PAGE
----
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Afagundes | Dreamstime.com
This museum asks visitors to consider how the Holocaust was made possible by the choices of individuals, institutions, and governments, and what lessons they hold for us today. The permanent exhibition tells the stories of the millions of Jews, Gypsies, Jehovah's Witnesses, homosexuals, political prisoners, the mentally ill, and others killed by the Nazis between 1933 and 1945. The exhibitions are detailed and sometimes graphic; the experiences memorable and powerful.
Upon arrival, you are issued an "identity card" containing biographical information on a real person from the Holocaust. As you move through the museum, you read sequential updates on your card.
Hitler's rise to power and the spread of European anti-Semitism are thoroughly documented in the museum's early exhibits, with films of Nazi rallies, posters, newspaper articles, and recordings of Hitler's speeches immersing you in the world that led to the Holocaust.
You are confronted
with the Holocaust in the exhibit The Final Solution, which details the Nazis' murder of 6 million Jews. Exhibits include footage of scientific experiments done on Jews, artifacts such as a freight car like those used to transport Jews to concentration camps, and crematoria implements.
Also on view is Some Were Neighbors: Collaboration & Complicity in the Holocaust, which examines how the Holocaust was made possible by decisions made by ordinary individuals. From Memory to Action studies genocide after the Holocaust.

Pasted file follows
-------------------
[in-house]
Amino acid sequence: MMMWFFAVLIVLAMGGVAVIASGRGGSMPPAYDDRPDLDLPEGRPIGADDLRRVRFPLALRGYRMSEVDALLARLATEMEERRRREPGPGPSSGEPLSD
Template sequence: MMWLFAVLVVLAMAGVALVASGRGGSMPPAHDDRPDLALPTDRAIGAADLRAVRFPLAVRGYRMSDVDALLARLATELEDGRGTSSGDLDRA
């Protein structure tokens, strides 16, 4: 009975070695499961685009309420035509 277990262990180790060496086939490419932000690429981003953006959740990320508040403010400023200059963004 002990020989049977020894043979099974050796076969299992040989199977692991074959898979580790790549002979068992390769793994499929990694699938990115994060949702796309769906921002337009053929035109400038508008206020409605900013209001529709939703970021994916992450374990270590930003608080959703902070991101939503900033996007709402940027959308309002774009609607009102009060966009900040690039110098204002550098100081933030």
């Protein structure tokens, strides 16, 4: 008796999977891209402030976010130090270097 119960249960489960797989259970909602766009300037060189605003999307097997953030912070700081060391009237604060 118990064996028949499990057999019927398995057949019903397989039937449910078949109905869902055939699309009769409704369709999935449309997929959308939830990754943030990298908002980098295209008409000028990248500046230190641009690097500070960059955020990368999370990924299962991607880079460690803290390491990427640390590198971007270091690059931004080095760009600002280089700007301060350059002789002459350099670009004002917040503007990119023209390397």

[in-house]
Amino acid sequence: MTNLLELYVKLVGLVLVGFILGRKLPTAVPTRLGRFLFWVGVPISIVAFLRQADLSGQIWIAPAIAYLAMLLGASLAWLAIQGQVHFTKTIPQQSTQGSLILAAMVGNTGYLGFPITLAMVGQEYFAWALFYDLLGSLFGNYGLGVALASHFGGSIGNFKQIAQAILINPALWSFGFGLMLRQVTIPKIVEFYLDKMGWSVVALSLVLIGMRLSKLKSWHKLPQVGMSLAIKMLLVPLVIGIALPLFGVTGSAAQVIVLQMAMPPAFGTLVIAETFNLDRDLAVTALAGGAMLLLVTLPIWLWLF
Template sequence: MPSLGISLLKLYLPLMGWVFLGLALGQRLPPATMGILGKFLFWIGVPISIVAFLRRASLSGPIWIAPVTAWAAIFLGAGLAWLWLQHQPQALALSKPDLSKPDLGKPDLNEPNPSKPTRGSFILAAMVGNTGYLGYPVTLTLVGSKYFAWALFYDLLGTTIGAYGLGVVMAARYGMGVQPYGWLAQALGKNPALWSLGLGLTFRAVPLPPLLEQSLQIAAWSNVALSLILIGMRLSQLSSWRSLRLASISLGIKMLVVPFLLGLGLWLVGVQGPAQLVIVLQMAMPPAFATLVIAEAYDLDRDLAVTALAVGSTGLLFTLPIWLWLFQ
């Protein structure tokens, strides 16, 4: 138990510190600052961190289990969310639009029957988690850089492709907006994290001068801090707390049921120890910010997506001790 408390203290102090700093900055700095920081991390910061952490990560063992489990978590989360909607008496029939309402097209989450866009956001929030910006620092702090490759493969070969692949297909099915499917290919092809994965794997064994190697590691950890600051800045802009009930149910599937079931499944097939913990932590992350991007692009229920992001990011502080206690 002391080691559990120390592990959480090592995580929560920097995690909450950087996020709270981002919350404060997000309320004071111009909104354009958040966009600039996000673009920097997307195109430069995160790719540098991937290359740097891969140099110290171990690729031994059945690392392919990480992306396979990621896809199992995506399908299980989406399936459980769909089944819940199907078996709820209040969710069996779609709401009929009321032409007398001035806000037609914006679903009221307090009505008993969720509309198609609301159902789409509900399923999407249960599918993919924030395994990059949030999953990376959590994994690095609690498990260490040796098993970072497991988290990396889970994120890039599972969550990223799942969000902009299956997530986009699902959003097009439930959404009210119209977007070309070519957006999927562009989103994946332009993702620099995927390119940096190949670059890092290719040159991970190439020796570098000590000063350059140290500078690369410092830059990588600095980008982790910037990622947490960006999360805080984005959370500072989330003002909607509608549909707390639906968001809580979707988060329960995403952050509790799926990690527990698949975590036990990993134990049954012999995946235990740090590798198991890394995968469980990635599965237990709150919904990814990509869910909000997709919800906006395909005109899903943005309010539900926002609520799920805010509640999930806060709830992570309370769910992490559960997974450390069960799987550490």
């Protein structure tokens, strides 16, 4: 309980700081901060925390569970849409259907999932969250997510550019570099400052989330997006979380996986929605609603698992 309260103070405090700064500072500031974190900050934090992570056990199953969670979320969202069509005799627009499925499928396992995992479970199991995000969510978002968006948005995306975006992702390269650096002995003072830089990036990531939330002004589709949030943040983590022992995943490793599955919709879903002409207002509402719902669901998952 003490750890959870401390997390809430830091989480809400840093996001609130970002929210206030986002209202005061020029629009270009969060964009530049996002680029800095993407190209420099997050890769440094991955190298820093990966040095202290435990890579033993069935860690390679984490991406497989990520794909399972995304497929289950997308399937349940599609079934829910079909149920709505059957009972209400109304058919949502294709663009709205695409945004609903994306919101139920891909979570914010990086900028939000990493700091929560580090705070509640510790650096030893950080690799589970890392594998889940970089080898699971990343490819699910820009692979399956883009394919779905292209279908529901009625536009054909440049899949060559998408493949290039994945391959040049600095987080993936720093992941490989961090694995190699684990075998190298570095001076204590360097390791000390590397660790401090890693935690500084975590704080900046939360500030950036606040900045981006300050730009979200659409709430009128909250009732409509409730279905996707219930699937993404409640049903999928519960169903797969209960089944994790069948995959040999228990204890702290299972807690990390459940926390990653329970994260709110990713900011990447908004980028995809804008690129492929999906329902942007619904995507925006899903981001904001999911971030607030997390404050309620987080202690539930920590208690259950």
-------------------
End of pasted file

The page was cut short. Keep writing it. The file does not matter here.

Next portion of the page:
After this powerful experience, the Hall of Remembrance, filled with candles, provides a much-needed space for quiet reflection.
Like the history it covers, the museum can be disturbing; it's not recommended for children under 11, although Daniel's Story, in a ground-floor exhibit not requiring tickets, is designed for children ages eight and up. Ask for the Family Guide that accompanies the exhibits for children.
Plan to spend two to three hours here.
Timed-entry passes (distributed on a first-come, first-served basis at the 14th Street entrance starting at 10 or available in advance through the museum's website with a $1/ticket service fee) are necessary for the permanent exhibition from March through August. Allow extra time to enter the building in spring and summer, when long lines can form. From September through February, no passes are required.
100 Raoul Wallenberg Pl. SW or 14th St. SW, Washington, District of Columbia, 20238, USA
202-488–0400; 800-400–9373-for tickets
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